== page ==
9 ways to reduce your essential expenses
We often think of budgeting as an exercise in cutting out all of the things we want. But what about focusing on getting what you need for less, so that you can save more towards the things you really want?
9 ways to reduce your expenses
- Review your insurance bill
If you have a funeral or life insurance policy, find out what other insurers and banks would charge you for the same cover. You may be surprised to find how much less you could be paying for exactly the same benefits.
Do the same for all of your insurance policies (e.g. vehicle or household insurance) If you want to stay with your current insurance provider, see if they will reduce their rate to keep you.
Tip: Your car’s value decreases every year. Your insurer won’t pay out more than the car’s current replacement value, so your premium should reduce accordingly. Most insurers don’t do this for you automatically. Create a reminder in your calendar and request a reduction each year.If you are still in the market to buy then look at these handy tips when budgeting to buy.
- Price check
As you did with your insurance, get comparative quotes for other services such as your internet provider. If you find a better deal, see if your existing provider will match the rate. If they won’t, change providers.
- Renegotiate your interest rate
If you are repaying a home loan and have a strong repayment track record, your bank or mortgage loan provider may be willing to reduce your interest rate. Not all banks will do this, and any reduction will based on your personal credit profile and situation, but it is worth enquiring about. If you are in the market to buy a home then look at these handy tips before buying.
- Review your phone contract
If you have a phone contract and it is up for renewal, don’t automatically renew with the same service provider. Compare all of the deals on offer.
Tip: When evaluating your contract options, give careful thought to the phone you select. Choosing a good but less expensive phone can save you a lot over the 24 months you pay it off. You might also consider keeping your current phone and switching to a month-to-month contract or going pay-as-you. This can save you money and allow you greater flexibility.
- Consolidate medical aid policies
If you are married or in a long-term partnership, adding one partner to the other’s membership as a dependent could reduce the total cost of your monthly medical aid premiums.
- Downgrade your car
If you are currently paying off a car, consider whether a cheaper model could serve your needs. This is a big step, but if you’ve over-spent on a car, downgrading to a less expensive car to reduce your payments could significantly change your future.
- Review your bank fees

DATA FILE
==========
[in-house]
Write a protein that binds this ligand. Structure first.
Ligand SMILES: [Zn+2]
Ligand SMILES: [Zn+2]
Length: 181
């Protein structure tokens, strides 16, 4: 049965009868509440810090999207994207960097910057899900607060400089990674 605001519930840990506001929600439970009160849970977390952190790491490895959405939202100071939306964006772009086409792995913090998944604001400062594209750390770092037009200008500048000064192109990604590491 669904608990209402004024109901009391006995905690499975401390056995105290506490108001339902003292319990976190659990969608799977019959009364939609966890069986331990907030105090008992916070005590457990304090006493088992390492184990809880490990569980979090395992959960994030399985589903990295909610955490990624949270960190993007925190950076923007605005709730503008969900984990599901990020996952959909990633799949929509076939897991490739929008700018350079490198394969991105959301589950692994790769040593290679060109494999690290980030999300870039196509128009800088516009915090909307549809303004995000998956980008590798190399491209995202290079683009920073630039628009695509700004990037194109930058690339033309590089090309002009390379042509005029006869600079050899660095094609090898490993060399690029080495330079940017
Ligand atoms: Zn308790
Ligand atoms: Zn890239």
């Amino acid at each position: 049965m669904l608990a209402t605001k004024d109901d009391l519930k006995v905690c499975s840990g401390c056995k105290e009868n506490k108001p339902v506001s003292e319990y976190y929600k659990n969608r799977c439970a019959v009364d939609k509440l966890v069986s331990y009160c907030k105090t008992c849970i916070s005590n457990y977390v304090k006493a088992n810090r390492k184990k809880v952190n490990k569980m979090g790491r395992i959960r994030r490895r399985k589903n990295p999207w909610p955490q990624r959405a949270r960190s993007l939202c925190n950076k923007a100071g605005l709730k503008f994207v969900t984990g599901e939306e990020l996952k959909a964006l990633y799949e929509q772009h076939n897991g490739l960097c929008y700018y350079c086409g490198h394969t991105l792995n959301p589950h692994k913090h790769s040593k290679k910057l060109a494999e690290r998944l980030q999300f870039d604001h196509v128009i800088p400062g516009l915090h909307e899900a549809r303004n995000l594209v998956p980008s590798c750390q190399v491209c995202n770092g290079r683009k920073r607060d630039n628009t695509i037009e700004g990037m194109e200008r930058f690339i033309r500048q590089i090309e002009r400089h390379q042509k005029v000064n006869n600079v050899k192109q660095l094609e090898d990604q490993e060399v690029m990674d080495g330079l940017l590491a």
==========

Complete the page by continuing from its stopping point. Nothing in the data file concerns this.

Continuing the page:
Carefully review your banks fees over the last few months to see where your habits may be costing you unnecessarily. Read more about reducing your bank fees.
- Consider paying school fees annually
Find out if your children’s school offers a discount for paying school fees at the start of the year, at the start of each term. If the discount is more than 5%, it could be worth saving up for the full amount over the year or term before. However, if you are currently repaying debt at a higher interest than the discount, then pay off debt first and keep paying the school fees monthly. Read more about the cost of raising kids.
- Reduce your rent
If you can, consider downsizing, moving in with a friend or moving to a different area. This won’t be possible for everyone, but rent is always a cost worth revisiting and reviewing.
Tip: If you are up for a contract renewal, remember that in many parts of South Africa the rental market is currently in a slump. If you are a good tenant, this could put you in strong negotiating position with your landlord.
- Reduce your electricity bill
The major consumption guzzlers in most homes are geysers and electric heaters. The geyser alone is responsible for up to 40% of household monthly electricity bills.
Tip: Just lowering the thermostat on your geyser from 70ºC to 60ºC could reduce your monthly ill by 5%. For further savings, cover it with a geyser blanket to keep it insulated and keep it switched off during low-use periods (like during the day when you are out).
you may also like...
Get your financial affairs in order: how to create a lifebook
Creating a lifebook – a place to store all your financial information – ensures that you and your family can easily access important information in an emergency, or whenever you need it. Whether it’s a digital or physical folder, here’s what to include in your lifebook.
kick-start your expense tracking habit
It’s tempting to leave new habits for a new year. But if the COVID-19 crisis has left you feeling motivated to get more control over your money, tracking your expenses is a valuable habit to start now.
support others where you can
The coronavirus pandemic has had a major impact on careers, incomes and businesses across South Africa – and may for some time. In times of crisis, support and helping those in need is vital.